Profit Taxation, R&D Spending, and Innovation

By Andreas Lichter, Max Löffler, Ingo E. Isphording, Thu-Van Nguyen, Felix Poege, Sebastian Siegloch

Advances in pharmaceuticals and vaccines, robotics and artificial intelligence dominate newspaper headlines. These innovations are often the product of huge investments and risky research, which firms might be reluctant to undertake without government support. At the same time, firms are important sources of tax revenue for public goods. How do we effectively encourage investments in innovation while also balancing other policy priorities? To answer this, we need to understand how firms react to tax policy.

A new discussion paper, coauthored by TPRI postdoctoral associate Felix Poege, estimates the impact of profit taxation on the levels of R&D spending and filed patents. Using data from the near-universe of active R&D firms in Germany, the authors examine how nearly 7,300 local tax changes impacted plants in that locality. The local tax changes effectively serve as natural experiments, allowing a comparison of plants impacted by a tax change to plants in localities with no tax change. Do firms decrease or shift their R&D expenditures in response to increased taxes? Does this decreased R&D spending lead to fewer patent filings?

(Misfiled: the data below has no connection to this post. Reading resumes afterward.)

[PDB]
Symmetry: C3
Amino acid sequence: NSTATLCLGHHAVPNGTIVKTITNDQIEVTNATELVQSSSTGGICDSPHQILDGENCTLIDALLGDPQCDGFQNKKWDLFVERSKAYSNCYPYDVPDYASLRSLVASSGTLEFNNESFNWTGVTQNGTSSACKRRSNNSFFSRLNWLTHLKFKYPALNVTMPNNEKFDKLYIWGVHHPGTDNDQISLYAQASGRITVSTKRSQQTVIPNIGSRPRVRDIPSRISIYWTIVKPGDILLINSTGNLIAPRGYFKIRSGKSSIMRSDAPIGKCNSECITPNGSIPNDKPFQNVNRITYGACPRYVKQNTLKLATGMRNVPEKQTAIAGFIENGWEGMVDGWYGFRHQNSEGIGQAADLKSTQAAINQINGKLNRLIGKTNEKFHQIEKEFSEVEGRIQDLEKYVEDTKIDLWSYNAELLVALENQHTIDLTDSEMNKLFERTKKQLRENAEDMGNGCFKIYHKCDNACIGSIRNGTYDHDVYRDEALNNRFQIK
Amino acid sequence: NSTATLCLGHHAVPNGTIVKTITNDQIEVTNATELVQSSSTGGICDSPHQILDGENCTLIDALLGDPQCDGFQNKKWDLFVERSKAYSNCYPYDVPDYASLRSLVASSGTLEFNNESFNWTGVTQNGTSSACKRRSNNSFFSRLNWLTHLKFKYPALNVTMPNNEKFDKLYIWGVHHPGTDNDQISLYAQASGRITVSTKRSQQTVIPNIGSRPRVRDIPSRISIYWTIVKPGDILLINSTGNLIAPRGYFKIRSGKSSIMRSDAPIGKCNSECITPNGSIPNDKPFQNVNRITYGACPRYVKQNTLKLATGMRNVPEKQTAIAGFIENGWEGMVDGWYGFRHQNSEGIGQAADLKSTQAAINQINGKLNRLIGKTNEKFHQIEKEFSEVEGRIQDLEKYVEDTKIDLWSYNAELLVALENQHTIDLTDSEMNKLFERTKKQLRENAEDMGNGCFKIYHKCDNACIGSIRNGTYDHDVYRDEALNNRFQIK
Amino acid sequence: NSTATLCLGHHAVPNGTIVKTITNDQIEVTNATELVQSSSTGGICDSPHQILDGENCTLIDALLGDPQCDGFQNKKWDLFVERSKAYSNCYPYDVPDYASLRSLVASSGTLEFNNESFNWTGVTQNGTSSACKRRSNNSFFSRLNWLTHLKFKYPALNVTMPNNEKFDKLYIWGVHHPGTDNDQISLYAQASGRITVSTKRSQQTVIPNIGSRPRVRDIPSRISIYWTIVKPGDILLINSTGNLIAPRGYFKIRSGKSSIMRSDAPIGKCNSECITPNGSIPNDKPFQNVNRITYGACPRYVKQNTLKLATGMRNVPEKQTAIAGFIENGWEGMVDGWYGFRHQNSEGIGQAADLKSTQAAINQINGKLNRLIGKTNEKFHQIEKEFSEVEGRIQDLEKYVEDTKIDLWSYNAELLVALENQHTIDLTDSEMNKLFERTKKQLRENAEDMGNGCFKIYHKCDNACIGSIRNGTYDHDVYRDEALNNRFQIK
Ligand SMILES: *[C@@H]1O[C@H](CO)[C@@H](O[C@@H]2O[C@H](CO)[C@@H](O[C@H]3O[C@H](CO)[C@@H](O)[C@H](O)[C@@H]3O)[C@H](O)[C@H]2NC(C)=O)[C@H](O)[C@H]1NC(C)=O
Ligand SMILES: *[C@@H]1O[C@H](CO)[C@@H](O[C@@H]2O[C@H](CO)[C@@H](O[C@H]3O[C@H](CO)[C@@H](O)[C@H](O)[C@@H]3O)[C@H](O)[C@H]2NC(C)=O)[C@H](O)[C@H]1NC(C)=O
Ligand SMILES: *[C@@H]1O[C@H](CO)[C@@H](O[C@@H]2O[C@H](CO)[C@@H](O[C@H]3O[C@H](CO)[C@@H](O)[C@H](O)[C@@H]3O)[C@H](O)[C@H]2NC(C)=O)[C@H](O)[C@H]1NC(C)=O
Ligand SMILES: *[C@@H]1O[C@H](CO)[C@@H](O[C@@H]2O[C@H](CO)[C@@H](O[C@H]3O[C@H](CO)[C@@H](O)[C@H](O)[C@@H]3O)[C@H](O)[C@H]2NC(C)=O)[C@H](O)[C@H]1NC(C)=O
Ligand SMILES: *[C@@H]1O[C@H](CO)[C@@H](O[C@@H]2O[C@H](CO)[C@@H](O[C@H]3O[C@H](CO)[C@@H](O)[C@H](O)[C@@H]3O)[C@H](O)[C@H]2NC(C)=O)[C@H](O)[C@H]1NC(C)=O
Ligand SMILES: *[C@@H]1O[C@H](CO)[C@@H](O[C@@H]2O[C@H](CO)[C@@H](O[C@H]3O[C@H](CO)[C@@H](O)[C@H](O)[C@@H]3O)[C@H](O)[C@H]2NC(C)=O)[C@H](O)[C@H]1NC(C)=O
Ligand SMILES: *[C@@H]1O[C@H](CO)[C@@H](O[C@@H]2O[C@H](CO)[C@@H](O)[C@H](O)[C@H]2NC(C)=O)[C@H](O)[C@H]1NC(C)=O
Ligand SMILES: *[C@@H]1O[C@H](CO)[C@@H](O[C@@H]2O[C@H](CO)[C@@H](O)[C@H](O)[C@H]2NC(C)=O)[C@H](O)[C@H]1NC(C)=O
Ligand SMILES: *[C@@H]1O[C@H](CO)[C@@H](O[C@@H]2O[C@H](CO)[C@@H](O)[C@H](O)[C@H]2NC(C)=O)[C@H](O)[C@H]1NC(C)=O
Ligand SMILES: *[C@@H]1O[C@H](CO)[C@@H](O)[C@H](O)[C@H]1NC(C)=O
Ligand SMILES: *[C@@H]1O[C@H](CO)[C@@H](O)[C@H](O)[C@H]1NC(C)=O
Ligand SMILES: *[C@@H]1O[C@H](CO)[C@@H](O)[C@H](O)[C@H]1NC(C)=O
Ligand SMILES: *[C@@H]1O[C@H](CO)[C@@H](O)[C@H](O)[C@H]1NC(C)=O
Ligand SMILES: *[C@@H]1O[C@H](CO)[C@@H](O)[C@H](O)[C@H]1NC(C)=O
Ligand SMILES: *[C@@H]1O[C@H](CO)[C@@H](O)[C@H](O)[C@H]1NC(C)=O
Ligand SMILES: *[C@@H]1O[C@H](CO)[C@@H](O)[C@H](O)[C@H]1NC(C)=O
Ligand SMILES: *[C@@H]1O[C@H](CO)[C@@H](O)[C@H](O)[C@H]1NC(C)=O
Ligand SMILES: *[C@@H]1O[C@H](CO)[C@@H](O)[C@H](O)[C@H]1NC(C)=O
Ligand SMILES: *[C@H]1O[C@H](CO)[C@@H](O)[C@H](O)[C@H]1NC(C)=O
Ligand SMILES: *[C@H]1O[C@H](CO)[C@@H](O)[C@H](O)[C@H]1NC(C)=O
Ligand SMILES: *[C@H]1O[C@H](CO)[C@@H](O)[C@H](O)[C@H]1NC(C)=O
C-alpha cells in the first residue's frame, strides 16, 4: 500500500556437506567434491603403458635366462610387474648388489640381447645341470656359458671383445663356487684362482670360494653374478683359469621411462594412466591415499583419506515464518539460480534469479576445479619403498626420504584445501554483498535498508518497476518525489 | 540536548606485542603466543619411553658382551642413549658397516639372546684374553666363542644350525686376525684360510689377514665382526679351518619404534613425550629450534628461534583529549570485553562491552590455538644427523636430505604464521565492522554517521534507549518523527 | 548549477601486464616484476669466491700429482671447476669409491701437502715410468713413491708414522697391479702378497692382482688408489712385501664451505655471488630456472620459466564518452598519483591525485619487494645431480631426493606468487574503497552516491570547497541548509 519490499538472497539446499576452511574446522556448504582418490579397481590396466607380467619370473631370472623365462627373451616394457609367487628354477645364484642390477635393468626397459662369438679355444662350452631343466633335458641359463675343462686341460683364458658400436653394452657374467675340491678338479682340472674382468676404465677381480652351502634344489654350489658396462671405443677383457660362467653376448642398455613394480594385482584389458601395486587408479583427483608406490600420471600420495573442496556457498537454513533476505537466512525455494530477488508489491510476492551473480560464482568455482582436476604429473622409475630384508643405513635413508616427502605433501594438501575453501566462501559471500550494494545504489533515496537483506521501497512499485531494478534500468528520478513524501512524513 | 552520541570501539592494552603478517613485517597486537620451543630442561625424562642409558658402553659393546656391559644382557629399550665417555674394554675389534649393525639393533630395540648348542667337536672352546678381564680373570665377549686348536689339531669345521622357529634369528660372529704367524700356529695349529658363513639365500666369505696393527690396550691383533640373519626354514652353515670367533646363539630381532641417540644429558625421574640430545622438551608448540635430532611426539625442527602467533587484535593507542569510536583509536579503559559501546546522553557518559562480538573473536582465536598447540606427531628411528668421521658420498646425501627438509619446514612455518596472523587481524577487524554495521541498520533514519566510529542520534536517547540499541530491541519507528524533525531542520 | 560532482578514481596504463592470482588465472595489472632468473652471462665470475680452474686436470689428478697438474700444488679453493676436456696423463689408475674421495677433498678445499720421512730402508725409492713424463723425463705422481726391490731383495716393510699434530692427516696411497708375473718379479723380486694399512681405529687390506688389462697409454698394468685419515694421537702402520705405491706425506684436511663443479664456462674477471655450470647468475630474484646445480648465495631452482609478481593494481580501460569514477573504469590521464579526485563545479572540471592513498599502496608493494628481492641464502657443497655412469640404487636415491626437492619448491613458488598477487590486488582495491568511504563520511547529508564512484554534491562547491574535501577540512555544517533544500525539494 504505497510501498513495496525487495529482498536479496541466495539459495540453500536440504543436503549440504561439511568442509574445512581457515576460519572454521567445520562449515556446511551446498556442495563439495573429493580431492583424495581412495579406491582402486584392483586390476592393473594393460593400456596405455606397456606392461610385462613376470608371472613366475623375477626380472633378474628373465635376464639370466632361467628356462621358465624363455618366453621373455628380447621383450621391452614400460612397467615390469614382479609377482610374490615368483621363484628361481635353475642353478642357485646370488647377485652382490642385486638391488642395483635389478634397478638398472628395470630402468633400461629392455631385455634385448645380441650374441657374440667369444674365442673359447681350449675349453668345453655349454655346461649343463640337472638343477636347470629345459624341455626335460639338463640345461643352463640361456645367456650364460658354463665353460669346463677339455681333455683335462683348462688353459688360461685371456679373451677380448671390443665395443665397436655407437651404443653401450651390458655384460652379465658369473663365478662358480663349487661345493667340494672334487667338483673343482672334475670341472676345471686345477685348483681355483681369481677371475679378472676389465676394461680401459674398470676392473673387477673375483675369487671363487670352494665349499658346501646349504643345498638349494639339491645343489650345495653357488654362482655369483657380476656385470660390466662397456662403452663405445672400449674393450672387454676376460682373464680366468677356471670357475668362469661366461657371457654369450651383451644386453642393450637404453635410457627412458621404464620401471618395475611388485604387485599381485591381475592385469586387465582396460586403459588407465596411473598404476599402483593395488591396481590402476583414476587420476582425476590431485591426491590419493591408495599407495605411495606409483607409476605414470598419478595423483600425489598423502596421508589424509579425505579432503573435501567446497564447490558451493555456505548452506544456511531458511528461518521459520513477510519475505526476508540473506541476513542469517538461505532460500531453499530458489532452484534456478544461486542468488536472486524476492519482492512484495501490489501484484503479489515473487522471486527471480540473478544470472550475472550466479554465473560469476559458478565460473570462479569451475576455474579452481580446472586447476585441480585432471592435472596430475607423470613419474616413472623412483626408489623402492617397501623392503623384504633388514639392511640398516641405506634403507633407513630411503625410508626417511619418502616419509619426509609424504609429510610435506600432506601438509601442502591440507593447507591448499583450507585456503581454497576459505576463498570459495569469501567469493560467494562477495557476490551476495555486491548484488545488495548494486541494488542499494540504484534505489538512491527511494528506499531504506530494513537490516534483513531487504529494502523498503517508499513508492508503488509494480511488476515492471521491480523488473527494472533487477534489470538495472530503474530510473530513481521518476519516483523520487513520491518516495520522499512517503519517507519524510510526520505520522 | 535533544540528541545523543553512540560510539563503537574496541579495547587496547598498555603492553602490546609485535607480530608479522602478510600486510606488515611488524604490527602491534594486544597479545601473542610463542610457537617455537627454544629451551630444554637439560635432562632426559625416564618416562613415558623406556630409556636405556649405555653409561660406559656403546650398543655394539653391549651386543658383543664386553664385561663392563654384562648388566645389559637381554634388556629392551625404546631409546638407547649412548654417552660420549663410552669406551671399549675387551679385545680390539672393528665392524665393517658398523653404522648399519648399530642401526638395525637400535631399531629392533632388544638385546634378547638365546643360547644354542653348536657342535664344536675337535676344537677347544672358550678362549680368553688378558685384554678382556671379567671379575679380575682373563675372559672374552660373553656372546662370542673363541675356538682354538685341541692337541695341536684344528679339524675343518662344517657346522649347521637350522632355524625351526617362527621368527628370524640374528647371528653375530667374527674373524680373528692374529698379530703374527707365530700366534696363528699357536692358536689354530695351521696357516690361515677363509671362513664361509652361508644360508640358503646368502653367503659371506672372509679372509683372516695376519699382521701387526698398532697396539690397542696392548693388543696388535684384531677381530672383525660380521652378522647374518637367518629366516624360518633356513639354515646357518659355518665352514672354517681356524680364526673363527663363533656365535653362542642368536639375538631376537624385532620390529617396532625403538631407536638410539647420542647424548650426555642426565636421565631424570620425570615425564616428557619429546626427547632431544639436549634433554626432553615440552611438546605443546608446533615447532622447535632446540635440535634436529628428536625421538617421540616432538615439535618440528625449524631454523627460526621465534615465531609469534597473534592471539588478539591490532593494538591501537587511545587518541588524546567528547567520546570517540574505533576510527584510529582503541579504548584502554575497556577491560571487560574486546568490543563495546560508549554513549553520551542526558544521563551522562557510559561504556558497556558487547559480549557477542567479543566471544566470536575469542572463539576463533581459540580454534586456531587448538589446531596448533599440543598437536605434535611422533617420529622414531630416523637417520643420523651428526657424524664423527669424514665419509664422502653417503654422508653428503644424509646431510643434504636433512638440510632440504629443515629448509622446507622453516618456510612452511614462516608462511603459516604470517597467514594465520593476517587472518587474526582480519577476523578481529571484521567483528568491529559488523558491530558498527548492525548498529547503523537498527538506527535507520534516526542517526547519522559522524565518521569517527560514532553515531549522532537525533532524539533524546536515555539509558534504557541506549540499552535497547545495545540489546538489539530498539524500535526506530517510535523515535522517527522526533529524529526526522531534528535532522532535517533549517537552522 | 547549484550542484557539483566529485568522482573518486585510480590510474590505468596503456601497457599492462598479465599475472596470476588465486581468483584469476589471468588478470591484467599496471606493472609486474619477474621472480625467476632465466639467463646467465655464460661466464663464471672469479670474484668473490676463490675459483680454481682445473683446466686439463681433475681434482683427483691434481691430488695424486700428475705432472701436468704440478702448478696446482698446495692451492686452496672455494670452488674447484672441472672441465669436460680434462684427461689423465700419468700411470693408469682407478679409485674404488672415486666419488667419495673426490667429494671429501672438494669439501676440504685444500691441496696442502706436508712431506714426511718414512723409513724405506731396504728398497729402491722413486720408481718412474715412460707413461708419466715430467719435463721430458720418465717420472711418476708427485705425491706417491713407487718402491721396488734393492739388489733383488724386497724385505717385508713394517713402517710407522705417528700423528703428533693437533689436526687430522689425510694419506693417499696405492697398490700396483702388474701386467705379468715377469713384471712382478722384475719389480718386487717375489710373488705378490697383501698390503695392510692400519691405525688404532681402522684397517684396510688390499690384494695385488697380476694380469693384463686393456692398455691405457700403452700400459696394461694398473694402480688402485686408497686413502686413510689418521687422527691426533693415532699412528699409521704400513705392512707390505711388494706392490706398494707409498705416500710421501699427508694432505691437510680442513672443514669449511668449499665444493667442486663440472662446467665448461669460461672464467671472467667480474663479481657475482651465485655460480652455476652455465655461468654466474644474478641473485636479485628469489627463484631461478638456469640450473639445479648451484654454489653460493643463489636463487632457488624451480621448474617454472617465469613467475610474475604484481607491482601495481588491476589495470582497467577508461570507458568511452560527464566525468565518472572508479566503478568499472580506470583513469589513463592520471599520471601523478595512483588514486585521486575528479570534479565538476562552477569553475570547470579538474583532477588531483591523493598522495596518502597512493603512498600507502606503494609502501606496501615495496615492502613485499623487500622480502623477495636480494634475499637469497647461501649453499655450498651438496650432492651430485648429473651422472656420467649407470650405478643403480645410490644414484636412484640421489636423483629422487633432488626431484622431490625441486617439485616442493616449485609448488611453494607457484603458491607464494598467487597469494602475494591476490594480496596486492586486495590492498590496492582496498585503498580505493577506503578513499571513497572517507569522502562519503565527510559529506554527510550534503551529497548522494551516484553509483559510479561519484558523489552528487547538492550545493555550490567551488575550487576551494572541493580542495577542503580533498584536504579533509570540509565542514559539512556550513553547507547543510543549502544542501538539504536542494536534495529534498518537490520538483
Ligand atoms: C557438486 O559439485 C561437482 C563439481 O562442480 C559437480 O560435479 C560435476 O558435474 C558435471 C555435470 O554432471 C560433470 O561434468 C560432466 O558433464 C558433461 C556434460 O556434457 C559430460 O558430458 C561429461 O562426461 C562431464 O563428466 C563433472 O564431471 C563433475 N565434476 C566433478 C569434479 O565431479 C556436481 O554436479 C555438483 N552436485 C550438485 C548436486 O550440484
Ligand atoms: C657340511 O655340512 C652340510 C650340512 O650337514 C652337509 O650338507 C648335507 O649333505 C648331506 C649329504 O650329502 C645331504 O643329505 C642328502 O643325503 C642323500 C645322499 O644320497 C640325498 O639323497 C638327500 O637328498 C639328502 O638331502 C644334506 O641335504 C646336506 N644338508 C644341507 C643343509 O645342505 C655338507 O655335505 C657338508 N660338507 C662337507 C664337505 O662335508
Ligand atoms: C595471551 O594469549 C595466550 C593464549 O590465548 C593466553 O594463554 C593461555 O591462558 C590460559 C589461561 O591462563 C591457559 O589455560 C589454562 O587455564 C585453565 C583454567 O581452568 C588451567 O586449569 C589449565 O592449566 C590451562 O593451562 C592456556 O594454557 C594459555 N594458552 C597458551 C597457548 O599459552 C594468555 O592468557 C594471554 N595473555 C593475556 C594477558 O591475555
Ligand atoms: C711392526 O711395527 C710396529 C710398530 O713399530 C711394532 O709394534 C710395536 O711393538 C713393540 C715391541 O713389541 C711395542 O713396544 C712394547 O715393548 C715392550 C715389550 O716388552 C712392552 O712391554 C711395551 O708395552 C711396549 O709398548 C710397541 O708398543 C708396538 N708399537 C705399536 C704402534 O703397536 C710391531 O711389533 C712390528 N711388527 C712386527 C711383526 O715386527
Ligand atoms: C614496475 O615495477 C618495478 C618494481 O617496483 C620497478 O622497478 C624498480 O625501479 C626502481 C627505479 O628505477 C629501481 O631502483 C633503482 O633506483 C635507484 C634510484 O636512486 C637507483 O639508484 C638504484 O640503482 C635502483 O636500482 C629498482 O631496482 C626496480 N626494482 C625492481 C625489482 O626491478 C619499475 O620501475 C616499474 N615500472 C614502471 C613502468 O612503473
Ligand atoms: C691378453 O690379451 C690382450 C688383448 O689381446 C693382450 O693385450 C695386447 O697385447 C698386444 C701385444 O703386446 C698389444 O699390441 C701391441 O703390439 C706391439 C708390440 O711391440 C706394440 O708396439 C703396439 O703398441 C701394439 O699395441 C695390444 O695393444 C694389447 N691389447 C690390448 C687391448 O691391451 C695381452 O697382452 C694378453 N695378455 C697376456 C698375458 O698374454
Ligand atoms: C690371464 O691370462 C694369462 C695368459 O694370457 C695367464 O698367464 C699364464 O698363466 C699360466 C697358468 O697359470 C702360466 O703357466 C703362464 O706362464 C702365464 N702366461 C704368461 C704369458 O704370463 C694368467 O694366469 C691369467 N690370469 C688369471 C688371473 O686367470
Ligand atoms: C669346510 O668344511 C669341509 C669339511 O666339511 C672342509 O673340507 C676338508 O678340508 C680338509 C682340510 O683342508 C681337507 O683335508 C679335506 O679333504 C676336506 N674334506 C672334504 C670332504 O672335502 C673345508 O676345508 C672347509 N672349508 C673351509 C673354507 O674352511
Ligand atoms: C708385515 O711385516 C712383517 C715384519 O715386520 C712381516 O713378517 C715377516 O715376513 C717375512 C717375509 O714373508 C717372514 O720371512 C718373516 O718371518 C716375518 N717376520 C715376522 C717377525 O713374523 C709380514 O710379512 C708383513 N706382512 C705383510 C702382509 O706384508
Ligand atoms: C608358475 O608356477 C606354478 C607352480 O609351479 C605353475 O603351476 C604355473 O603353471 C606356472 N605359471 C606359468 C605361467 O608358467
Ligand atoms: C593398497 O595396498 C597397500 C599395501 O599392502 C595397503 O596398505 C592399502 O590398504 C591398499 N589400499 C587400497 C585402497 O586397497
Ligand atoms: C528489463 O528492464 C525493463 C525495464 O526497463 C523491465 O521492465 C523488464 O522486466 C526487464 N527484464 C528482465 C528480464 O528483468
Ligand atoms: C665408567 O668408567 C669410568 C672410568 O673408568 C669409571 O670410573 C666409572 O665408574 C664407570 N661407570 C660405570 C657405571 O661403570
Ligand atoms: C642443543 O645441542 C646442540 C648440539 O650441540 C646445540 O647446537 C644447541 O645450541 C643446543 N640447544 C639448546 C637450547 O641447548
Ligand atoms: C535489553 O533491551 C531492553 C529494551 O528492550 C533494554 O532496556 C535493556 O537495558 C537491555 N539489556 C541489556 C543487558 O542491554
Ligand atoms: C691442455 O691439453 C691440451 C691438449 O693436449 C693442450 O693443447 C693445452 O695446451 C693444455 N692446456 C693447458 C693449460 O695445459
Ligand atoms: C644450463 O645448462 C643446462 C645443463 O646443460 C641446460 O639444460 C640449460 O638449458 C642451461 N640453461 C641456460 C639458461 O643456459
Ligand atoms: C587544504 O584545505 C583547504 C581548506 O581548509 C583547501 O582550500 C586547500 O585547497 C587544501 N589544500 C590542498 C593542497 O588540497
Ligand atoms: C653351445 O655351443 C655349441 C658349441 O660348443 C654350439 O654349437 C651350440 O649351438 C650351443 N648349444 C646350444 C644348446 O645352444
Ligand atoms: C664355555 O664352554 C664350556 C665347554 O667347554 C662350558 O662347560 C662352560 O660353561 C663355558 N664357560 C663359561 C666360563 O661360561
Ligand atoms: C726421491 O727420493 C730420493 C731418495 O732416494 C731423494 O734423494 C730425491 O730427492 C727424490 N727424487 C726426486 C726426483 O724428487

The results suggest that when confronted by higher profit taxes, plants lower their R&D spending, and likely as a consequence of that lower spending, file fewer patents. However, the authors caution that this result does not suggest the policy response should necessarily be decreased taxes on profit, but rather targeted tax incentives for R&D.

Innovation is not just beneficial to the broader society that reaps the direct benefits of a new product, but particularly the local economy. The authors provide suggestive evidence that the impacts stemming from innovation are long lasting in the local economy. Local business taxes on profit also are associated with a decrease in local GDP. Taking these points together, the author’s calculate that about 8% of the decline in local growth stemming from profit taxation can be attributed to reductions in innovation.

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